Full-text · Article · Jan 2015
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    • "(iv) Quantitation Fat-Water (IDEAL) imaging: In four subjects, including one participant from our younger cohort and three additional participants, a special sequence which yielded as the output separate fat and water images and enabled fat quantification, was made available. This sequence used the "iterative decomposition of water and fat with echo asymmetry and least-squares estimation" (IDEAL) method [20,24] combined with 3D gradient echo acquisition. This technique combines six asymmetrically acquired echoes with parallel imaging with an iterative least-squares decomposition algorithm to maximize noise performance. "
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    ABSTRACT: Background In human skeletal muscles, the aging process causes a decrease of contractile and a concomitant increase of intramuscular adipose (IMAT) and connective (IMCT) tissues. The accumulation of non-contractile tissues may contribute to the significant loss of intrinsic muscle strength typically observed at older age but their in vivo quantification is challenging. The purpose of this study was to establish MR imaging-based methods to quantify the relative amounts of IMCT, IMAT and contractile tissues in young and older human cohorts, and investigate their roles in determining age-associated changes in skeletal muscle strength. Methods Five young (31.6 ± 7.0 yrs) and five older (83.4 ± 3.2 yrs) Japanese women were subject to a detailed MR imaging protocol, including Fast Gradient Echo, Quantitative Fat/Water (IDEAL) and Ultra-short Echo Time (UTE) sequences, to determine contractile muscle tissue and IMAT within the entire Triceps Surae complex, and IMCT within both heads of the Gastrocnemius muscle. Specific force was calculated as the ratio of isometric plantarflexor force and the physiological cross-sectional area of the Triceps Surae complex. Results In the older cohort, total Triceps Surae volume was smaller by 17.5%, while the relative amounts of Triceps Surae IMAT and Gastrocnemius IMCT were larger by 55.1% and 48.9%, respectively. Differences of 38.6% and 42.1% in plantarflexor force and specific force were observed. After subtraction of IMAT and IMCT from total muscle volume, differences in intrinsic strength decreased to 29.6%. Conclusions Our data establishes that aging causes significant changes in skeletal muscle composition, with marked increases in non-contractile tissues. Such quantification of the remodeling process is likely to be of functional and clinical importance in elucidating the causes of the disproportionate age-associated decrease of force compared to that of muscle volume.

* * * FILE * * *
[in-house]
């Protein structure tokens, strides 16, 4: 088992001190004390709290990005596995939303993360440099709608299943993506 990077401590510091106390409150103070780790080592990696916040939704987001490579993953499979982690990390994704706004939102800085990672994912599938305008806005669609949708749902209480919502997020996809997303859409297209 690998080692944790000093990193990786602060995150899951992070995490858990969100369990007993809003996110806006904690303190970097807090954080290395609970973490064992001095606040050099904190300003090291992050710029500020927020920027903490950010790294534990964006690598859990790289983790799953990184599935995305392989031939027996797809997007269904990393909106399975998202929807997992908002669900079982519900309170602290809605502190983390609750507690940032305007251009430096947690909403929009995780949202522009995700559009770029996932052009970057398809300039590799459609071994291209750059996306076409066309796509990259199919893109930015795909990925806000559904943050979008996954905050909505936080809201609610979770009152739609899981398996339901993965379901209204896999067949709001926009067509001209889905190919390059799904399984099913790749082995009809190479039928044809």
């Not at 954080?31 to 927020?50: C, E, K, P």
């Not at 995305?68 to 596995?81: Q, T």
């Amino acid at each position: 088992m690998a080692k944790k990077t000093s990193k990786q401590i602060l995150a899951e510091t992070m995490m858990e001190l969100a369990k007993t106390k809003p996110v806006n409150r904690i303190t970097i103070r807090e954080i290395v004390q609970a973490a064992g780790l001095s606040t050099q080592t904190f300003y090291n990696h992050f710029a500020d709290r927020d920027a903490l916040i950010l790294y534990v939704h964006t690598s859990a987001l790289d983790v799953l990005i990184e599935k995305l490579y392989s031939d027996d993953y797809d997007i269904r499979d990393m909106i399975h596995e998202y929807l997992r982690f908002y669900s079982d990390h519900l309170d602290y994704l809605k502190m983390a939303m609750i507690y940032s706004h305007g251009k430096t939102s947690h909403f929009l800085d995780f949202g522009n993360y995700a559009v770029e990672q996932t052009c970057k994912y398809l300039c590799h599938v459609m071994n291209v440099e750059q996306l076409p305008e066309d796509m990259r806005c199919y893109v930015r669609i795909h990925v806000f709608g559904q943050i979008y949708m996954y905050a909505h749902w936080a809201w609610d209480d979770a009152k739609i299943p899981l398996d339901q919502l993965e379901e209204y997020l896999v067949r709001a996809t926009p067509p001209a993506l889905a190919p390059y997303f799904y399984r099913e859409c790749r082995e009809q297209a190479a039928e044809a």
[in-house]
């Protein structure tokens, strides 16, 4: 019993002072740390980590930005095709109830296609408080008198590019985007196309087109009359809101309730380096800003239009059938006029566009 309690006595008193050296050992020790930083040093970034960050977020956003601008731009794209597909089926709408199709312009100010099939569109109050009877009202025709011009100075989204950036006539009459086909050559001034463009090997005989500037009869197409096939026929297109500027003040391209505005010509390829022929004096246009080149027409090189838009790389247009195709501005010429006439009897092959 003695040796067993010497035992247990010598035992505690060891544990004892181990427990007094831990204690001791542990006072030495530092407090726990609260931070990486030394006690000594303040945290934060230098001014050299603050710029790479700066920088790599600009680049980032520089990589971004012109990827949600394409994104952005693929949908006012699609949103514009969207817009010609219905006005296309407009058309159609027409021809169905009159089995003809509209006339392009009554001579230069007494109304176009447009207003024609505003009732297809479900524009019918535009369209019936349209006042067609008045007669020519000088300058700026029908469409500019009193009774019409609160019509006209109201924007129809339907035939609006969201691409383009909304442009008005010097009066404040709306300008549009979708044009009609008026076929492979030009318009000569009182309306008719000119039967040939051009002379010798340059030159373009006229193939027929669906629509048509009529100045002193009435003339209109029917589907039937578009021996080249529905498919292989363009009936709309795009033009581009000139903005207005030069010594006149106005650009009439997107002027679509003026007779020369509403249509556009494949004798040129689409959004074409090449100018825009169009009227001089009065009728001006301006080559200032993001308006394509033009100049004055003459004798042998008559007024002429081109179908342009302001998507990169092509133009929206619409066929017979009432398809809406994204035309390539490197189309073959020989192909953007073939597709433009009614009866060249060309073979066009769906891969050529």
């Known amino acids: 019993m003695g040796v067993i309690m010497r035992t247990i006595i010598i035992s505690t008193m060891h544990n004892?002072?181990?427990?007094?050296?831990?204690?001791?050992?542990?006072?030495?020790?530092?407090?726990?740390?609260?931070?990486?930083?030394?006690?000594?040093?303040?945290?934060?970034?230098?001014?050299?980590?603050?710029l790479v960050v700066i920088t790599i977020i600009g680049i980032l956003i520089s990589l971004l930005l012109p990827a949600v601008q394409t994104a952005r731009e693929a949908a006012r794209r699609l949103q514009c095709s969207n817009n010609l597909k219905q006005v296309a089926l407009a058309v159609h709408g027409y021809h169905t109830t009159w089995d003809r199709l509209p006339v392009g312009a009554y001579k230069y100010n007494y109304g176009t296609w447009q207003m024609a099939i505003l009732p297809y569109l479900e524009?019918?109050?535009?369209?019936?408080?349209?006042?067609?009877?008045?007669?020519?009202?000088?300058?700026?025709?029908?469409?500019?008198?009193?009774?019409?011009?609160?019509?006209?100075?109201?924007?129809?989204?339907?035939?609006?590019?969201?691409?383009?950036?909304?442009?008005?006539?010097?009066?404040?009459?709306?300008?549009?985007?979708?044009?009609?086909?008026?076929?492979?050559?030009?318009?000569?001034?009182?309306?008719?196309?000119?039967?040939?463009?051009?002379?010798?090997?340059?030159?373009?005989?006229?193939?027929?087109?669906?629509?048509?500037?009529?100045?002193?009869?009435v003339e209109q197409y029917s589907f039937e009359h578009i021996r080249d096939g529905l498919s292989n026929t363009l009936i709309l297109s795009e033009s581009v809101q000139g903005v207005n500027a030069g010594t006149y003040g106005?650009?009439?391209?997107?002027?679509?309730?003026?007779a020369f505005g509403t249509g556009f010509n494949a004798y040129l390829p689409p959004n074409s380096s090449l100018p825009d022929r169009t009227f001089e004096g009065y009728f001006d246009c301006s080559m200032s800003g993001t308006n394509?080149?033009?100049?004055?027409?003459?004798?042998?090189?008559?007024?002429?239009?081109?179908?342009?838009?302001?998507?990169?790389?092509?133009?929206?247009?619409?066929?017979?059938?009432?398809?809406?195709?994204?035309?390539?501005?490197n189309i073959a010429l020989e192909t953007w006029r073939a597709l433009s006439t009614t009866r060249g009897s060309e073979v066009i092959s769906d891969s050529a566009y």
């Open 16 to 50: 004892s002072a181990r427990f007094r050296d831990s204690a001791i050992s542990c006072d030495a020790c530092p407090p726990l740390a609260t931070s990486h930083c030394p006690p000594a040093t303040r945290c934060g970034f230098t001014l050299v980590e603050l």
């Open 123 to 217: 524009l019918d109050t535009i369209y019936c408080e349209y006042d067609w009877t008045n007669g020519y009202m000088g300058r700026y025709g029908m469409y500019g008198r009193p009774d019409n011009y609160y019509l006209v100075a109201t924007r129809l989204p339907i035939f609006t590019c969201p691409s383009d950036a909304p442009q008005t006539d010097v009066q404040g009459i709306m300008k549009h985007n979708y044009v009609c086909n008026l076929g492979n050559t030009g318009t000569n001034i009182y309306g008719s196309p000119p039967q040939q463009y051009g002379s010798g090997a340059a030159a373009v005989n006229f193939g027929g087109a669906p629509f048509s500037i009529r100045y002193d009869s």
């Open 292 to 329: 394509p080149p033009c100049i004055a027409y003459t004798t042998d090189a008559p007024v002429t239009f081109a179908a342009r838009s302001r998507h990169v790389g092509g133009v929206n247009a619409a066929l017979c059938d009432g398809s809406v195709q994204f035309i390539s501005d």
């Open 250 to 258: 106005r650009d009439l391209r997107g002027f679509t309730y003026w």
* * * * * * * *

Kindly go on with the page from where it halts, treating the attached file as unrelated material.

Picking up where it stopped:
Full-text · Article · Jun 2014 · BMC Musculoskeletal Disorders